Friday, April 22, 2011

Hey Hey We're the Ashleys - May 7 - Belmont

I think a measured amount of recklessness is a necessity for wellness, - both mental and physical.

Sweeping, sublime works of beauty and grace certainly have their place, and we all gnosh, now and again, on the guilty pleasures of pristine, sun-soaked patchworks of pretty, poppy, pirouets. But, I feel imbalanced if I go very long without being properly shaken up. Times like those: I go to Detroit duo, the Ashleys - tightly wound rhythms and maelstrom guitars, churned out in rubbery, blues-inflected roars and fuzzed out vocals blurting and howling out monosyllabic taunts. Essentially: the essence of what many perceive as "garage rock..." Whether that's a lingering ghost or a hot-button topic in this town is for another day's debate...

Take a listen:


Tom shrugs. "(It)'s hastily put together, but...the songs are like us."

The Ashleys' singer/guitarist goes on about their debut EP: "It's a good representation of where we are and I think it shows our songwriting capabilities and promise of what's to come."

Their penchant for facetiousness is never far, though, as drummer Steve assures explosions of "pure awesomeness in your face" to describe their live presentation.
Also: ""

"Volume," Tom nods, folloiwng up, "pagaentry...sheer sex."

The Ashleys are the most punctual band I've ever encountered. Not just on-time, they were early. I felt tardy even though I, myself, was one-minute early for our interview--let the record show.

There they were, somewhat rail-framed, dirty-blonde tussled tops with shadows at their young jaw lines, chatting casually together, settled at the rickety cafe table and adding a few pinches' worth of calories to their self-proclaimed-pocket-lint-scrounging daily diets by toasting mugs of coffee and stirring in plenty of their signature sarcasm-spiked charm between sips.

Being cousins, Tom Bahorski and Steve Olshove share resemblances, both in physical appearance and conversational mannerisms. "It's in the eyes," Olshove quips, "and our mirthful smiles...our smirks..." But obviously, their kinship goes deeper than blood and the forthcoming Can't Take It EP is a fine representation of their musical bond. Fine, loud and fast. The EP - recorded at Jim Diamond's Ghetto Recorders - gets a proper unveiling, May 7th at the Belmont.

Between their intermitten spin-offs onto inside-joke jiving tangents, ripe with pop-culture references and warped by various screwball/surrealist reflections, they shared a bit about their band, The Ashleys, and their music...

"We started as a two-piece 'cuz we couldn't find anyone else to play with us," Bahorski said. The pair have been "jamming," working out songs together in basements for almost 10 years now.

They "rocked numerous projects" in said-basement, inviting a revolving cast of defacto third members to join veritable one-night-only recording sessions, documented with audacious band names like The Ledgemen or Working Class Stiff's, stringing together entire album's worth of 2-minute tracks of slamming, slopping, fits forged in the heat of the moment.

"Always us-two and some bass player..." Bahorski shrugged, "like Spinal Tap."

It was about two years ago when Olshove implored his cousin that they should finally get serious and start "a real band" one that plays "real" shows. "I said I was 'in,'" Bahorski recalls his response, "as long as you do all the work, find us a singer and a bassist."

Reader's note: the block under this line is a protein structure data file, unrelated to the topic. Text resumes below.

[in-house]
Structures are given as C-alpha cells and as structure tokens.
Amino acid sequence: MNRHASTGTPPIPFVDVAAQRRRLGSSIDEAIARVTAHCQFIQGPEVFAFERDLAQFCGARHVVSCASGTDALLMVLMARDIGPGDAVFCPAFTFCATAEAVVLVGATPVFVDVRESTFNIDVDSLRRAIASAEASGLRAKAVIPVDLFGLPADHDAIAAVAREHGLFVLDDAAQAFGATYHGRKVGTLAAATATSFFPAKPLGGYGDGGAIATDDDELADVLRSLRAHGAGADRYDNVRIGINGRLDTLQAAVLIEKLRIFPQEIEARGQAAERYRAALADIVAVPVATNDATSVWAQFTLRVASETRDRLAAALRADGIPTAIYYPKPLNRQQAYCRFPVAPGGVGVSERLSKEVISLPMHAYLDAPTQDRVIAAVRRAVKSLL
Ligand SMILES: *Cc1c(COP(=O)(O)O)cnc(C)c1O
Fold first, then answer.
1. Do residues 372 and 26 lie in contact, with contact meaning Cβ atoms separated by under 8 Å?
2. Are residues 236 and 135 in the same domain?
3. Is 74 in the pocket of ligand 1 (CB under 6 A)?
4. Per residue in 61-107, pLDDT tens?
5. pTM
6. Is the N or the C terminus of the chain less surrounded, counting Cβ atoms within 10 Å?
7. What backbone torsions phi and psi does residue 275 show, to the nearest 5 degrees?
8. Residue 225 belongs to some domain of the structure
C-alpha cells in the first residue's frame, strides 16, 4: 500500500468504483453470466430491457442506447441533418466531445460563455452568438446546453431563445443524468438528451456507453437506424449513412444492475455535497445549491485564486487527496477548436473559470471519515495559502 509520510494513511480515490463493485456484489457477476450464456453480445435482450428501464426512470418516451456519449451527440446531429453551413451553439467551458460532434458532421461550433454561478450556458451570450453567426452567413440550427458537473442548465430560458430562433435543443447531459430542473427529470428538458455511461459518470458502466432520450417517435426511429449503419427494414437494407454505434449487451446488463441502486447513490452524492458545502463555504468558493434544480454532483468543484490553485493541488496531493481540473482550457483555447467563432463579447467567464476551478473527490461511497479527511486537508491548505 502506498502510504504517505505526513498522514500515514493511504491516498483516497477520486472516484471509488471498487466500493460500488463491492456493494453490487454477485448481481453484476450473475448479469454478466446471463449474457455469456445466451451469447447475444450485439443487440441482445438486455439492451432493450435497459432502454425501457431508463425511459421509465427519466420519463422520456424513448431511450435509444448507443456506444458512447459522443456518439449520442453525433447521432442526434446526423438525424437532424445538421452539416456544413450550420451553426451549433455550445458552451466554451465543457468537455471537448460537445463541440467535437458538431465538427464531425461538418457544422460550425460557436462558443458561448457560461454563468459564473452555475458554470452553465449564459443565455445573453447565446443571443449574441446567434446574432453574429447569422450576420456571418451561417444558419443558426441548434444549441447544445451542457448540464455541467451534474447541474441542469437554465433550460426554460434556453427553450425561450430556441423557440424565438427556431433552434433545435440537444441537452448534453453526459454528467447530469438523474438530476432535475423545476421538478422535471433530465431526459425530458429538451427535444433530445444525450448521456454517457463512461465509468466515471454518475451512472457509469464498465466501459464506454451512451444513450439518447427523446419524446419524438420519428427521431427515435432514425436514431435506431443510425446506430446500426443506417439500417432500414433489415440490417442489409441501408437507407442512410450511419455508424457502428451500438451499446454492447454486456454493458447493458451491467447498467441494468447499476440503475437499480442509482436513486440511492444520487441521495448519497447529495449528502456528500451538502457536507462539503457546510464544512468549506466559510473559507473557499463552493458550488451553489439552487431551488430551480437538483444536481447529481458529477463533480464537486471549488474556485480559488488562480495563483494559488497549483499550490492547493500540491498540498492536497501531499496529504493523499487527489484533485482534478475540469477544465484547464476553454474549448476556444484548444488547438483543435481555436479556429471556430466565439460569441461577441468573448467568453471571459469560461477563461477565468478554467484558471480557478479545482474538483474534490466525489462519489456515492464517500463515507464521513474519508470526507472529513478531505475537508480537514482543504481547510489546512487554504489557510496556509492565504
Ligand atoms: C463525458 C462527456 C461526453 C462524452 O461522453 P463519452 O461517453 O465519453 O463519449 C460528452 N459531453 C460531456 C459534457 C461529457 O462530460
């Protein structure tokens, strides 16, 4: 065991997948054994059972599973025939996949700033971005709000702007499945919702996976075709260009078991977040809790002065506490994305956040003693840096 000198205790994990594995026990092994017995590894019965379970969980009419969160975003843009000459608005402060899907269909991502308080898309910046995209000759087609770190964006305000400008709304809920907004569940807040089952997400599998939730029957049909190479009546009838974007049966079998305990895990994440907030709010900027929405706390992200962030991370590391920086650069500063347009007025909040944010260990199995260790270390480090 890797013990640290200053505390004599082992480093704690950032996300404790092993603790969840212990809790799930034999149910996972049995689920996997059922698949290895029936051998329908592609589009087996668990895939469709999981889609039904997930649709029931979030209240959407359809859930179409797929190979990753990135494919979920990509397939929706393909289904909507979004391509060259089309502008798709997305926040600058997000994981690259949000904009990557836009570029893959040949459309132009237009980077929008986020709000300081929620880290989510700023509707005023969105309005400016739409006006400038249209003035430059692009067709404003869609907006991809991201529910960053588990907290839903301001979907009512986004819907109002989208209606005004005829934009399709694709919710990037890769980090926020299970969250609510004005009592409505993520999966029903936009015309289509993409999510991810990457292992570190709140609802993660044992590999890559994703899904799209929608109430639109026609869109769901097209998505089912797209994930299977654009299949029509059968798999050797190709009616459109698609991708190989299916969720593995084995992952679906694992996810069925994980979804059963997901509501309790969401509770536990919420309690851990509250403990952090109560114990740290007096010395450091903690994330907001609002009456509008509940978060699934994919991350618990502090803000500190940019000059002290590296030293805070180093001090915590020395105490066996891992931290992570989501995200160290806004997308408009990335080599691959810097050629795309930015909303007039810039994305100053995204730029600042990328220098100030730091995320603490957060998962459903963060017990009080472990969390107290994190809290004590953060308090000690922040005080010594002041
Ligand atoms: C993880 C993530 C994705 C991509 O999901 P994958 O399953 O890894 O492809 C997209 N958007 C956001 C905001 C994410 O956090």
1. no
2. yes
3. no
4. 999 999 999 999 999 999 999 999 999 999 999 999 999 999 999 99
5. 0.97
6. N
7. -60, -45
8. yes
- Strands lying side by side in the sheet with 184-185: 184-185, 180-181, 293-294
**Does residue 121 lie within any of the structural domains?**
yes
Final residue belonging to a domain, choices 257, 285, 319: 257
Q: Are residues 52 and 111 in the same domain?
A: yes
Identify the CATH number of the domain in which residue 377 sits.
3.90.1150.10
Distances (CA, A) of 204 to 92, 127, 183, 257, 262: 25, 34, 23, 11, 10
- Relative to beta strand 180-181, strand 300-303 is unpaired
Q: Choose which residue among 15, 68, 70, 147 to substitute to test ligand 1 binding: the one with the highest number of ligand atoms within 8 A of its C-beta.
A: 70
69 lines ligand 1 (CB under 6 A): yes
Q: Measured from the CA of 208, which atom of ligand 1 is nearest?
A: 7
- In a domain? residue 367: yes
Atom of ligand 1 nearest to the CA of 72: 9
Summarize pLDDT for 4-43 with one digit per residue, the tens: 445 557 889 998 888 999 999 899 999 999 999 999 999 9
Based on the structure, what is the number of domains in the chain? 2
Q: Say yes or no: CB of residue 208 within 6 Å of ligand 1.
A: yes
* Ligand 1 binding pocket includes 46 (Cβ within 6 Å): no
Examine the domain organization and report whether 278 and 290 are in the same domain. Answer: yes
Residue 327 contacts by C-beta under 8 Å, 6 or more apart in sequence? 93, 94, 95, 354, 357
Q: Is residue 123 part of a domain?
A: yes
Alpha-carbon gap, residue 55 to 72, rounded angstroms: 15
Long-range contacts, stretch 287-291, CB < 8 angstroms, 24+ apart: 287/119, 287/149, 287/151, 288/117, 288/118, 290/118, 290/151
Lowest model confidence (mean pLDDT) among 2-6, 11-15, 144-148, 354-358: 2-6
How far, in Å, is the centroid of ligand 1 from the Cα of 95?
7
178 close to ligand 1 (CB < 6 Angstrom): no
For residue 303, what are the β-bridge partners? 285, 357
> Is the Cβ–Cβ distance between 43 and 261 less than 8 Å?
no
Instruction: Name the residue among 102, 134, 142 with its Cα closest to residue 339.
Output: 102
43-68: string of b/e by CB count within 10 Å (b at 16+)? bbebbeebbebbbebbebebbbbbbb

But here we are, today, finding Bahorski as both the lead singer (if somewhat reluctantly) and the bass player (if somewhat indirectly or unnoticeably). If you go to an Ashley's show and close your eyes, you'll think it's a quartet. You also might then get smacked in the face by a venturing-Tom's guitar neck, so don't keep them closed for long... In any case, the four-armed-cousins haul three separate amps with them from stage to stage, facilitating Bahorski's subtly inventive patch work splitting his guitar's sound through multiple amps (thanks to his bemusing octave pedals, bolstered by a digi-tech whammy upgrade).

"That's what it is," Olshove said, "him with a digi-tech whammy, playing bass guitar and whatever else, simultaneously, and then me...going crazy."

"We don't do well with metronomes," Bahroski said, "(Steve)'s got some of the wackiest rhythm. That's the benefit of having just two people, if one of us screws up...then...yes, half the band has screwed up, but we can come back really fast."

"We always seem to recoup," Olshove said.

On their songwriting process-- Bahorski: "(Steve) comes up with a lot of ideas, I don't like them. Then I come up with a lot of ideas...and Steve doens't like them. Then, we end up doing the same songs again."

Olshove: "That's how we end up getting better material, being our own harshest critics. We call the other one out if it sounds like shit."

Bahorski: "Or the other person just starts ignoring the other's song... Usually the best stuff happens when we switch, when Steve writes on guitar and I'm on drums. See, I can tell him what I don't like because he won't get mad...He'll huff and puff. It don't matter. The next time he'll come up with an awesome song and then the next time we'll play that..." So goes the advantage of dealing with family. Family-band-members will often tend to be much more forgiving...

Asked, finally, to surmise their live presentation: "It's like a constant ending," Bahorski said, all too ready to conjure cinematic visuals. Like the Death Star blowing up on-repeat...for each song. "It's one big finale. Some people have the strong opening and then slow it down. This one is just the whole time..."

"It's like Vanishing Point," Olshove says. "It's one big car chase...but then at the end, it blows up finally."

Bahorski: "And then you wanna watch it again."

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